Cranial Osteopathy

Cranial Osteopathy

Information Available
What is Cranial Osteopathy?
When should I see a Cranial Osteopath?
The History of Cranial Osteopathy

What is Cranial Osteopathy?

Correctly termed Osteopathy in the Cranial Field, cranial osteopathy is also known as CranioSacral Therapy.

It is a method of both detecting and correcting strains within the body by tuning into the 'Primary Respiratory Mechanism'. This small and involuntary movement within the central nervous system and indeed all body tissues is interrupted in areas where tissues and bones have been strained or injured. This in turn affects the efficient delivery of body fluids, which contain essential nutrients and messages (e.g. hormones), from reaching their destination in the cells. It is theorized that poor health may result.

Treatment with Cranial Osteopathic techniques is thought to encourage your own natural healing mechanisms to recover from the negative effects of stress on your body particularly your central nervous system.

For a better understanding of the mechanics of Cranial Osteopathy see the History section.

To better understand some of the principles behind Cranial Osteopathy see Extra Information on Principles of Cranial Osteopathy

Cranial Osteopathy can often be applied where other more direct interventions are too painful.

When should I see a Cranial Osteopath?

Cranial Osteopathy may be of assistance to people of all ages.

1. Newborns

Cranial Osteopathy is a technique very suitable for treating newborns suffering from the mechanical strains experienced during birth. For simple strains babies usually respond quickly. For more complicated strains or the longer a problem such as a birth trauma is left the longer it will take to treat. Treatment of birth related strains later in life can often take a long time and may not always be as successful.

Our cranially trained osteopaths will examine and treat newborn babies for any birth related musculoskeletal problems.

- Normal Birth
During the normal birth process the baby's head is forced down into the birth canal against the bottom of the pelvis. The uterus contracts to assist the baby to be born and as it does the baby must turn its head to enter the birth canal and then twist the whole body like a corkscrew.

Sometimes birth takes quite a while and the baby is in an unusual twist for this time. Depending on the stresses put on the baby during this time, the shape and balance of the mother's pelvis, the baby could benefit from a cranial assessment after the birth.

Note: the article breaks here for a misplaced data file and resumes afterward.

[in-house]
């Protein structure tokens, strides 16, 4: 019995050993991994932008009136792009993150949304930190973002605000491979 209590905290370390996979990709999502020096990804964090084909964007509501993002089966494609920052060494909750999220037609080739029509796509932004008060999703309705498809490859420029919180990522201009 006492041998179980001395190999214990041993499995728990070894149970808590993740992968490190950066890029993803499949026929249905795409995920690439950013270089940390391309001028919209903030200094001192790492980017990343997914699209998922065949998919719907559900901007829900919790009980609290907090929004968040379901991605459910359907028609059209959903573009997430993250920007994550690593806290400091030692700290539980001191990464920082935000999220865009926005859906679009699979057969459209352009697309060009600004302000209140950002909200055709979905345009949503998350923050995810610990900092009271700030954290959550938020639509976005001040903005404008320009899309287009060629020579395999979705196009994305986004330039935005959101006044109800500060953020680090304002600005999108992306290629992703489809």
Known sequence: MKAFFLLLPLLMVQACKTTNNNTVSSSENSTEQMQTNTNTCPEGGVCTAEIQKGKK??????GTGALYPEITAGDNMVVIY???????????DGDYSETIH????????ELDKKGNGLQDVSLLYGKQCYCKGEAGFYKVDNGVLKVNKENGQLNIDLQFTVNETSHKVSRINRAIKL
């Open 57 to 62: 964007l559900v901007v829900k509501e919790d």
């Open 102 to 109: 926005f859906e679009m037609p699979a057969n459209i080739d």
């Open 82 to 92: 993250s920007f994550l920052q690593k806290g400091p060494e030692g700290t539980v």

- Difficult Births
* Breech
Where the baby delivers bottom first instead of head first it is called a breech birth. This puts a lot of stress on the baby's pelvis which is not mechanically as suited to birth as their cranium.

* Forceps Delivery
This is where forceps are used to pull the baby out during a very difficult birth.

Neck Rotation: Suckling may also depend on the baby's comfort when they turn their neck. Sometimes a baby will suckle from one breast and then be unsettled or cry for no obvious reason when put on the other breast. This may be because it hurts to turn their neck that direction.

2. Children

Children are amazing. They are forever testing their world and as a consequence they have falls and accidents that can also affect them mechanically. By having regular checkups many of the residual musculoskeletal tensions from these falls etc can be treated before they become a problem. By treating them early many problems which may have followed them into adulthood will be helped.

While treatment after any major traumas is advised it is also good to check with us if your child complains repetitively of any musculoskeletal pain or headaches.

Can Cranial Osteopathy be used in conjunction with other methods of treatment?

Usually Cranial Osteopathy can be used with other modalities without causing any kind of interference. It is best to discuss your case directly with your practitioner.

The History of Cranial Osteopathy

Cranial Osteopathy was originated by physician William Sutherland, DO (1873-1954) in 1898-1900. While looking at a disarticulated skull, Sutherland was struck by the idea that the cranial sutures of the temporal bones where they meet the parietal bones were "beveled, like the gills of a fish, indicating articular mobility for a respiratory mechanism."[6] This idea that the bones of the skull could move was contrary to North American contemporary anatomical belief.